(iWitness News) There is still no resolution to the currency exchange issue that has seen Vincentian traders having grave difficulty in buying Eastern Caribbean dollars after selling agricultural goods in Barbados and Trinidad.
“It is a very important issue which goes to the heart of the trading regime under the Caribbean Single Market,” Prime Minister Ralph Gonsalves told the last meeting of Parliament.
Gonsalves, who is also Minister of Finance, said his government has raised the matter on several occasions and he has written to the government of Trinidad and Tobago more than once about it.
He said he also raised it at February’s meeting of the Caribbean Community (CARICOM) and had also raised it at the Monetary Council of the Eastern Caribbean Central Bank.
The prime minister said the issue is that Vincentian itinerant traders — referred to locally as “traffickers” — sell their goods in Trinidad and Barbados and are paid in Trinidad and Tobago dollars or Barbados dollars.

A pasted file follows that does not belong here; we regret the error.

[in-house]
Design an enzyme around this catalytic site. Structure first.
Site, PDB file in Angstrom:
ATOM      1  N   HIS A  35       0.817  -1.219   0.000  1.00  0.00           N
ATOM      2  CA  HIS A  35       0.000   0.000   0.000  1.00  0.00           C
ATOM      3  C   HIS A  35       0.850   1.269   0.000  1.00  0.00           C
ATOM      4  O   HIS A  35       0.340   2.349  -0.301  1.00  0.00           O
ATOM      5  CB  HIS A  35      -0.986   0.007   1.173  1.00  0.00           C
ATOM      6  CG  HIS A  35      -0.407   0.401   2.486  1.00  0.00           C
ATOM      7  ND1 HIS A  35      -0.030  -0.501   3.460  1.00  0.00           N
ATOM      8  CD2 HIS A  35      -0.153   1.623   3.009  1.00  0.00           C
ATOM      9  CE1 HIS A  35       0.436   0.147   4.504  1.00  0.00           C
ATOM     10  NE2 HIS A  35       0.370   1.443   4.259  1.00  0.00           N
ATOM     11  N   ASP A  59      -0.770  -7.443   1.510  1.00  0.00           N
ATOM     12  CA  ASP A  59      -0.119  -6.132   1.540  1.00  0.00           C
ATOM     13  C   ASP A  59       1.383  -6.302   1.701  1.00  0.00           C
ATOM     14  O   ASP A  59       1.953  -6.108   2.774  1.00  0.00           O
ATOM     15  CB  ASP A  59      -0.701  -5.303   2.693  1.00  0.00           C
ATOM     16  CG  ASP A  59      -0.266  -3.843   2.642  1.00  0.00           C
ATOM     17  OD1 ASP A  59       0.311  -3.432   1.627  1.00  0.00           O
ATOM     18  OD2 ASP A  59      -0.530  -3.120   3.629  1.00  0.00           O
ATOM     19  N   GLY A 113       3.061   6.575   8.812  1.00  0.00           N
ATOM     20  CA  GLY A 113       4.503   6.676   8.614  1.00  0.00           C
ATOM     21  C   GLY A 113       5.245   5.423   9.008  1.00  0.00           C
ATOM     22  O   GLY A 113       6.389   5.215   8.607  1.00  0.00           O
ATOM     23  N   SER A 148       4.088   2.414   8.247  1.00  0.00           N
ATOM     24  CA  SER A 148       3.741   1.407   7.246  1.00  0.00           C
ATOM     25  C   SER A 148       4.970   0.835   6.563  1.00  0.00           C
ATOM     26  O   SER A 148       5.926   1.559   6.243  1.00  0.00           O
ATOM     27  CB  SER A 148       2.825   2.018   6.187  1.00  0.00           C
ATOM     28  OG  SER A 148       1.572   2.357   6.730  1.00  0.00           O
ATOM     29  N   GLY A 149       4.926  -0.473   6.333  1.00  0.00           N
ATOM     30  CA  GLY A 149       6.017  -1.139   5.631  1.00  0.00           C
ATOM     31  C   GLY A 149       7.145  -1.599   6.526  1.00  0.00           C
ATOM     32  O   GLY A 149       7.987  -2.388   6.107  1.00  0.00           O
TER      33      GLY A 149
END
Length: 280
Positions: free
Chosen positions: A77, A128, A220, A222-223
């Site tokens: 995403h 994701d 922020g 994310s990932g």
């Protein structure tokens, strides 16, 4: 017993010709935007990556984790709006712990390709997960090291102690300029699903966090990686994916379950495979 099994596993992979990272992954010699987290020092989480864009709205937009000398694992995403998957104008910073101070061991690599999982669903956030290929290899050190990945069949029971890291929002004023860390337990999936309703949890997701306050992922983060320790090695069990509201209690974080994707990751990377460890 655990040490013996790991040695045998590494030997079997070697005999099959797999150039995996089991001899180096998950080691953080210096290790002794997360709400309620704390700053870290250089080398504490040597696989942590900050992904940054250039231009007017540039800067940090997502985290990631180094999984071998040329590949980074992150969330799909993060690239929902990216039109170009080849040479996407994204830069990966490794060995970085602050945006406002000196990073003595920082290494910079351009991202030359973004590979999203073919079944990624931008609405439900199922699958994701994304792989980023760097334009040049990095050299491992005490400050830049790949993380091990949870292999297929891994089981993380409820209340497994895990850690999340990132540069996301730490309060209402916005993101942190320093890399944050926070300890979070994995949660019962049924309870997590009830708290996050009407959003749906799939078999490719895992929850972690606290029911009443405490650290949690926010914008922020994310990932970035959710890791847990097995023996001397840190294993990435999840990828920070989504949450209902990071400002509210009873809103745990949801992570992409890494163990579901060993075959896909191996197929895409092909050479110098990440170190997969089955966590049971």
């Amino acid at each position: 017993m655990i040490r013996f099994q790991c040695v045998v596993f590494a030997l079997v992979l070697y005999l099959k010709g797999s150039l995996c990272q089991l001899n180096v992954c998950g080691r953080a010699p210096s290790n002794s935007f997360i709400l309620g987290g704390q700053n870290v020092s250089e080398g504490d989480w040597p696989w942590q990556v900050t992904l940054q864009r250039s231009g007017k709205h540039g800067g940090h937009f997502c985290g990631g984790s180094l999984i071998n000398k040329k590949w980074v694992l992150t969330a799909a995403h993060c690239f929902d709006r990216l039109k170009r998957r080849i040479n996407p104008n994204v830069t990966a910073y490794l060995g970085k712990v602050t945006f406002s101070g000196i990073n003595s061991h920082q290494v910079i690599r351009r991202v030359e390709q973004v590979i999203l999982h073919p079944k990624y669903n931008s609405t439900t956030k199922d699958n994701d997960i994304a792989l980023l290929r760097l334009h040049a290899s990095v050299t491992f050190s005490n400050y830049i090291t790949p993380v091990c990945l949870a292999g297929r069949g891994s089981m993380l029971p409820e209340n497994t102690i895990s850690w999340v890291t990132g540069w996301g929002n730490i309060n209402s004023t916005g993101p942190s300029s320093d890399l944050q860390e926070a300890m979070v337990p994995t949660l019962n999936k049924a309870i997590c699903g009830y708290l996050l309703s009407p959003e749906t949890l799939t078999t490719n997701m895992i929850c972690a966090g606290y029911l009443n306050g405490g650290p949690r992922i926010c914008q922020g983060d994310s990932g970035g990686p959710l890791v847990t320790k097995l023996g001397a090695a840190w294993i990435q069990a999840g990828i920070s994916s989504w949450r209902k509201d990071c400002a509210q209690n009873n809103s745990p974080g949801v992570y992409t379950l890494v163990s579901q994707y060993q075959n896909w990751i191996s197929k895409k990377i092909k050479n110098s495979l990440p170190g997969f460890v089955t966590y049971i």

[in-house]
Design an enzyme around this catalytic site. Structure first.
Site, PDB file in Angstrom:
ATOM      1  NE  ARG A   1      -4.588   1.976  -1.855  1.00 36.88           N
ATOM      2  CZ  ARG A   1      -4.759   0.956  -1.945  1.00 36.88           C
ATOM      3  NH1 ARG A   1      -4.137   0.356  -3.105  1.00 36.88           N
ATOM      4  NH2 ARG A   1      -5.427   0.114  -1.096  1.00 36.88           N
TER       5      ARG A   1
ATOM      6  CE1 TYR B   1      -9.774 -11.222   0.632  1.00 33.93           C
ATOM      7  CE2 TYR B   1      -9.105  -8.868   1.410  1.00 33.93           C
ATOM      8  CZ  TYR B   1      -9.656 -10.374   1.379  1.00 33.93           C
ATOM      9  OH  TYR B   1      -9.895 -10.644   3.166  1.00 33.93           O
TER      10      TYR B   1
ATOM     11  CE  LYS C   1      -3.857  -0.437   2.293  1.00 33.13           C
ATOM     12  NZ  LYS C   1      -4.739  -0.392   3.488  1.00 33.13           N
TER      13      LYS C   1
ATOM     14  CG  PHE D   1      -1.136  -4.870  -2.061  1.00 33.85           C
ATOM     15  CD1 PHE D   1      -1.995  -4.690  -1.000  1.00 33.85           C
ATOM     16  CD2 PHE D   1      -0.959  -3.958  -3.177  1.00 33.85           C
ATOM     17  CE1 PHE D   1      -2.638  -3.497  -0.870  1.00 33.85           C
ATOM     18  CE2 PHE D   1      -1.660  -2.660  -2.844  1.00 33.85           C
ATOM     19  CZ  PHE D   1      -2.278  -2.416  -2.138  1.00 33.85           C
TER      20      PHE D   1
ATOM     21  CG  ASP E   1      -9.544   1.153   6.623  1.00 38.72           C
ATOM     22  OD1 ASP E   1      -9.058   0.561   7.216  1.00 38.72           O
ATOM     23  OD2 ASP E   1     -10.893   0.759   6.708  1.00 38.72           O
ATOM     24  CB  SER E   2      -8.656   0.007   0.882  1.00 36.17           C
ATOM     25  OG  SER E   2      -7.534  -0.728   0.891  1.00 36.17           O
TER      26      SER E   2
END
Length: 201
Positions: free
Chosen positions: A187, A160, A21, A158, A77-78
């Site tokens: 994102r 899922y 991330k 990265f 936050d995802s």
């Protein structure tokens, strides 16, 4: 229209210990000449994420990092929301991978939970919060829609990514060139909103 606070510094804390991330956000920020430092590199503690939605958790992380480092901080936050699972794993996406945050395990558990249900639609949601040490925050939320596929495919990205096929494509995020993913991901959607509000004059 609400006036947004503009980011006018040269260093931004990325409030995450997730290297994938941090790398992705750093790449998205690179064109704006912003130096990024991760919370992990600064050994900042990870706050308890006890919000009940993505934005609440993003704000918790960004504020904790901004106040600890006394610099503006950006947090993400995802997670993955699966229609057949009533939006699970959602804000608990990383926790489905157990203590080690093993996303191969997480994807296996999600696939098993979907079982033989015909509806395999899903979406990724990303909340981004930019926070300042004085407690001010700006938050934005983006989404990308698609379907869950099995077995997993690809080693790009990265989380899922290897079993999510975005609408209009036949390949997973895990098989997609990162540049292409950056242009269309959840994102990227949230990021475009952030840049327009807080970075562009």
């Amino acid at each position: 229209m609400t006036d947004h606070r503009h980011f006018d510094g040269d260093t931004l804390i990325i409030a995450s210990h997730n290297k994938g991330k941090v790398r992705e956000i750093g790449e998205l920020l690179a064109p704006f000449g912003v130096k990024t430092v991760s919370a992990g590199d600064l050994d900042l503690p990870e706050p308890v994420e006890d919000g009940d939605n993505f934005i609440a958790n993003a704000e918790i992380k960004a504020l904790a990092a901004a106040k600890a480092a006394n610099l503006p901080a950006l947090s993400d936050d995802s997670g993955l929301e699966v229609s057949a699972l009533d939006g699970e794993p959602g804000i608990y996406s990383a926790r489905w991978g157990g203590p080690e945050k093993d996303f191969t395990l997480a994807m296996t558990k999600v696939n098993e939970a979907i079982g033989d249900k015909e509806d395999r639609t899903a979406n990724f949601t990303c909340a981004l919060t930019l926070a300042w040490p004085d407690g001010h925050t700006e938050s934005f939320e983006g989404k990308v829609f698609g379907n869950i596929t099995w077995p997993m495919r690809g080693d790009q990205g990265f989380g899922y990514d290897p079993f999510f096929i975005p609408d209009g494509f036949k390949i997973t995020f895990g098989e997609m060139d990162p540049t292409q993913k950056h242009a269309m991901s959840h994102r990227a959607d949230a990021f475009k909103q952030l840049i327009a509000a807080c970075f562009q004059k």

But when they are leaving those countries, they are supposed to get the Eastern Caribbean dollar equivalent of what they sold and have to make the various applications in the central bank in Bridgetown or Port of Spain.
“And over the last two or so years, these central banks have come up with the mantra that they have a shortage of foreign exchange and they have to wait.
“The problem with this is that apart from the traffickers themselves, these are persons who would have purchased commodities in whole or in part from farmers on credit and they expect when they come back to pay the farmers,” Gonsalves told lawmakers.
He said if the traders can’t get their foreign exchange, they can’t pay farmers.